Protective effect of N-acetyl-L-cysteine (L-NAC) against styrene-induced cochlear injuries.
Yang-WP; Hu-BH; Chen-G-D; Bielefeld-EC; Henderson-D
Acta Otolaryngol 2009 Oct; 129(10):1036-1043
CONCLUSION: Styrene exposure causes hair cell death through both apoptotic and necrotic pathways and treatment with N-acetyl-L-cysteine (L-NAC) reduces styrene ototoxicity. OBJECTIVE: Exposure to styrene causes hearing loss and hair cell death in the middle frequency region in the cochlea. The current study was designed to examine the cell death pathways and the protective effect of L-NAC against styrene-induced cochlear injuries. MATERIALS AND METHODS: Seventeen rats were exposed to styrene by gavage at 400 mg/kg 5 days per week for 3 weeks. Nine of the styrene-treated rats received L-NAC by intraperitoneal injection (325 mg/kg), and the remaining eight rats received saline injections as controls. The styrene-induced hearing loss was assessed by auditory brainstem responses (ABRs). Apoptotic, necrotic, and missing hair cells were quantified using combined methods, including nuclear staining with propidium iodide, F-actin staining with FITC-phalloidin, and the TUNEL assay. RESULTS: The styrene exposure caused a threshold shift of 15+/-4.3 dB. Both apoptosis and necrosis were involved in the pathogenesis of the cochlear lesion, but apoptosis appeared to be the major cell death pathway leading to the styrene ototoxicity. Treatment with L-NAC reduced the number of missing and dying outer hair cells (OHCs) and reduced the styrene-induced hearing loss.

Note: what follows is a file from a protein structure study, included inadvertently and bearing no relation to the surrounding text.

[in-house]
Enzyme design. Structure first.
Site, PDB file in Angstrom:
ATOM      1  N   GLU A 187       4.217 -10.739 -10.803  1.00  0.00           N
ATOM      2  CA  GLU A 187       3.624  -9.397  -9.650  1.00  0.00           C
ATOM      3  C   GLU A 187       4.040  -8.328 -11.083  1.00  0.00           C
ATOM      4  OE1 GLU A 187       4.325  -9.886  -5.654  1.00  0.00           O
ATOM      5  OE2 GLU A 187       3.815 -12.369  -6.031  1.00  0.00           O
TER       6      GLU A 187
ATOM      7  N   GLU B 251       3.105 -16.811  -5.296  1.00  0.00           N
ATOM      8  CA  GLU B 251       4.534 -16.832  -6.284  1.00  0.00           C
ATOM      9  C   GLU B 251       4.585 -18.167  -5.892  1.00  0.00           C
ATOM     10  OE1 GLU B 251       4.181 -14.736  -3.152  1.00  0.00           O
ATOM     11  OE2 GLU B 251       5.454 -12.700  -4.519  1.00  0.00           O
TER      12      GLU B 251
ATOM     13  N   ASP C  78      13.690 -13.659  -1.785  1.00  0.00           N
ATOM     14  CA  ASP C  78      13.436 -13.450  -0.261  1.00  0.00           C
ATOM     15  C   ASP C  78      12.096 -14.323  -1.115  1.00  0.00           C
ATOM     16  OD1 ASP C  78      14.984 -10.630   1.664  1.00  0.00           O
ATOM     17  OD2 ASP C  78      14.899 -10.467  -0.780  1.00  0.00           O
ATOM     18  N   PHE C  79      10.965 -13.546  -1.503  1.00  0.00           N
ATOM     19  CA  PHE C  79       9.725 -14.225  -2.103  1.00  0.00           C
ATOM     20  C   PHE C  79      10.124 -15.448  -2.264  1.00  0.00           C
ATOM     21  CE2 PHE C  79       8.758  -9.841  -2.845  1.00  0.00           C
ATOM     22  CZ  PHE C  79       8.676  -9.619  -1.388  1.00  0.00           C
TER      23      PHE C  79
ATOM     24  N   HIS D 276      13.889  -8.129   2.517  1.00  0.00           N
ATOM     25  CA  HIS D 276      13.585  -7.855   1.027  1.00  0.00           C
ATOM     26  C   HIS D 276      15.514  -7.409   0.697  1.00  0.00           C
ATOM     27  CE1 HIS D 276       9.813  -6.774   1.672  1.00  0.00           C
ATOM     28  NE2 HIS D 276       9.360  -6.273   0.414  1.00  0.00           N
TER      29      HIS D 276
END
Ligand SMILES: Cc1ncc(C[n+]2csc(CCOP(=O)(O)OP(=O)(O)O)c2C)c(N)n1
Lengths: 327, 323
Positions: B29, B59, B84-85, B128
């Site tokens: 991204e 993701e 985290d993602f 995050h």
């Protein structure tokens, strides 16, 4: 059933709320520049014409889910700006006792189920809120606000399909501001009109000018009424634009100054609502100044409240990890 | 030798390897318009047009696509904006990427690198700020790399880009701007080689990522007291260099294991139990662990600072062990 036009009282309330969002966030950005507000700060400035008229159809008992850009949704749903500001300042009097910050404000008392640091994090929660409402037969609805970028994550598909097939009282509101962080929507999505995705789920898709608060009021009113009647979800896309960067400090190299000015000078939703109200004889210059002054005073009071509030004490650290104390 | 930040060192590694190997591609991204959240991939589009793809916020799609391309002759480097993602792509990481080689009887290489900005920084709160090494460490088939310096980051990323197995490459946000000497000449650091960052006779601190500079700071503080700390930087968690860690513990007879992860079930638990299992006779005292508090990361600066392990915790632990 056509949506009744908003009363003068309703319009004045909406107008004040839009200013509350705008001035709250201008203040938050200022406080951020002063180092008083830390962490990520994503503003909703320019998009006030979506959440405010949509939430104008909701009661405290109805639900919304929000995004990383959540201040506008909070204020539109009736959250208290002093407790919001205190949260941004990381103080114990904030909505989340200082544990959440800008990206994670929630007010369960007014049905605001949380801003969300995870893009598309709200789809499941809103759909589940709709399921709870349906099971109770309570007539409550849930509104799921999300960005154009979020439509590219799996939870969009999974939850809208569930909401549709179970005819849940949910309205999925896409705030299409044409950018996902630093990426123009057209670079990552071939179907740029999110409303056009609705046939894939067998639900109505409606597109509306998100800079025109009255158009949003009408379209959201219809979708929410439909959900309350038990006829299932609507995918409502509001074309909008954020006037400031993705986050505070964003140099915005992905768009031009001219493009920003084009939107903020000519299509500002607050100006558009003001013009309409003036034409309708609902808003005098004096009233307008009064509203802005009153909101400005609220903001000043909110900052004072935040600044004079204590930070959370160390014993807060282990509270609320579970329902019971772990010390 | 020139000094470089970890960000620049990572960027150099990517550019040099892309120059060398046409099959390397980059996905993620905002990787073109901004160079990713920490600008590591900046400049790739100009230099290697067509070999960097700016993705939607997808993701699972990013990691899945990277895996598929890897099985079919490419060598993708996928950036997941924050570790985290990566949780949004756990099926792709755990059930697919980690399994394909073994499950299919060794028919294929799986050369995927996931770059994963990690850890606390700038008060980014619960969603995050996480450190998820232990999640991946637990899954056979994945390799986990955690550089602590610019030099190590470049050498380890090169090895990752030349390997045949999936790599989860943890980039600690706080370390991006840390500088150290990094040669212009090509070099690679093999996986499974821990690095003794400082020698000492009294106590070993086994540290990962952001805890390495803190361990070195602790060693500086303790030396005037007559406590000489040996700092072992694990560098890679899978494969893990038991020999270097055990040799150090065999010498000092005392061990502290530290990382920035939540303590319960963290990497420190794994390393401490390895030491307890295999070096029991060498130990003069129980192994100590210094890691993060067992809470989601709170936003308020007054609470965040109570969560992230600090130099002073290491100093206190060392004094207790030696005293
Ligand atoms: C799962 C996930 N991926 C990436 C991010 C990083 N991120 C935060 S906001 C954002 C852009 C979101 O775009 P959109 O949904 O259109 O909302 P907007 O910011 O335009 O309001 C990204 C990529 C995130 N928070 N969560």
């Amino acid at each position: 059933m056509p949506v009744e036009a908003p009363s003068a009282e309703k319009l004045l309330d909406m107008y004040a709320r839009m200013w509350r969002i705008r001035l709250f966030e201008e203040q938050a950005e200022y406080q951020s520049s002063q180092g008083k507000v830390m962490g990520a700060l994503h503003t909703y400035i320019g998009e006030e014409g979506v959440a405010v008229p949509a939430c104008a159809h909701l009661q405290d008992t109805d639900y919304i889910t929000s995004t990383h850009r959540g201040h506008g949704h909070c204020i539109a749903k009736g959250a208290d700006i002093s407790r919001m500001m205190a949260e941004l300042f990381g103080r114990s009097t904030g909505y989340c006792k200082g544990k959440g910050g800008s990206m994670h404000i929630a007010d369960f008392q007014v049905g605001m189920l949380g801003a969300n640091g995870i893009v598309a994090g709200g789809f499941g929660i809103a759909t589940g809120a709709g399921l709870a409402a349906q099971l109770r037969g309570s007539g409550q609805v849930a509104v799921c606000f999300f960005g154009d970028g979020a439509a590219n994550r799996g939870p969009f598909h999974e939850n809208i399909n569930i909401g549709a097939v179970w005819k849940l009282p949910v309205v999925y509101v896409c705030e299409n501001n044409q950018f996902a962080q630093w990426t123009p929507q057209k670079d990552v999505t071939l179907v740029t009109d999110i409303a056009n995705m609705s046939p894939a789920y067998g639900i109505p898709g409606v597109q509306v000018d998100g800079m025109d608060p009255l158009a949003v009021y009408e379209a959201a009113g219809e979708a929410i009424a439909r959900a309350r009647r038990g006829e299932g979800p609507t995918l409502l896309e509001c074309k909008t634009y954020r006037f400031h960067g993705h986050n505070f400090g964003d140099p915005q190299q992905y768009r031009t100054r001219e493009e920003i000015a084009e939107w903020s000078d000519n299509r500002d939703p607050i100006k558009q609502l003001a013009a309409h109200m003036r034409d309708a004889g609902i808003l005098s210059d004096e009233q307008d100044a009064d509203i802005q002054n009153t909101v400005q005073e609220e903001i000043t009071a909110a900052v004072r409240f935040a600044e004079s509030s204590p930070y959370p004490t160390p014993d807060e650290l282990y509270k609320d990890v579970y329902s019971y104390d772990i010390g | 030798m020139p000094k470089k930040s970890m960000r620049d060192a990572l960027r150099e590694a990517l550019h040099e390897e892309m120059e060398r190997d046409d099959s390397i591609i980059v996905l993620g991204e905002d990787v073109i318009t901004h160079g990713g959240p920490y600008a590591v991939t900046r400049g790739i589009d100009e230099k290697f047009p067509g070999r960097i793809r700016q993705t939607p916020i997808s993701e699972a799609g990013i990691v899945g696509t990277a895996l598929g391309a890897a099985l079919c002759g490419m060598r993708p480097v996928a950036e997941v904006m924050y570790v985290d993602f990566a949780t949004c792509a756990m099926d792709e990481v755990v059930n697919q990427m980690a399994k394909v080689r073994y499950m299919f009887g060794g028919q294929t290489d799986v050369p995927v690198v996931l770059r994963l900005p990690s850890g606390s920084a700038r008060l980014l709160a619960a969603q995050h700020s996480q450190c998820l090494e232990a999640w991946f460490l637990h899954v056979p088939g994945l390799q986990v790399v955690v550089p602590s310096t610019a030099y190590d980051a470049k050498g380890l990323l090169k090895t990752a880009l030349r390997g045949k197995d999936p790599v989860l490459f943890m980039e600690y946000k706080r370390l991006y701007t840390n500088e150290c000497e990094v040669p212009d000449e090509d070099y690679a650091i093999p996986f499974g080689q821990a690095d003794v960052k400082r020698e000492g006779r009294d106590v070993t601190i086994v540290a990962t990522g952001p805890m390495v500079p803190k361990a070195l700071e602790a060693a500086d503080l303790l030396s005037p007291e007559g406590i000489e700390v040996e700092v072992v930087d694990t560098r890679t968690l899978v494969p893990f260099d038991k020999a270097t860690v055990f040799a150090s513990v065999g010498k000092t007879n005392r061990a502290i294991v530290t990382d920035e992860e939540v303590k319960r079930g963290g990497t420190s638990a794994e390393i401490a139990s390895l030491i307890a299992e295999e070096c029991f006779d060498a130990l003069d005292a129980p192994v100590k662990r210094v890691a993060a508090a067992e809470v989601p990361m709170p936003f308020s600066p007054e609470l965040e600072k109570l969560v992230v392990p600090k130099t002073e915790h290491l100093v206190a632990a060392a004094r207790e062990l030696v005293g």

Pharmacology; Animals; Auditory-system; Metabolism; Cell-function; Cell-damage; Styrenes; Exposure-limits; Exposure-levels; Laboratory-animals; Hearing-loss; Hearing-disorders; Hearing-impairment; Solvents;
Author Keywords: Styrene; apoptosis; necrosis; antioxidant; rat; cochlea
Guang-Di Chen, SUNYat Buffalo, 137 Cary Hall, 3435 Main Street, Buffalo, NY 14214
State University of New York at Buffalo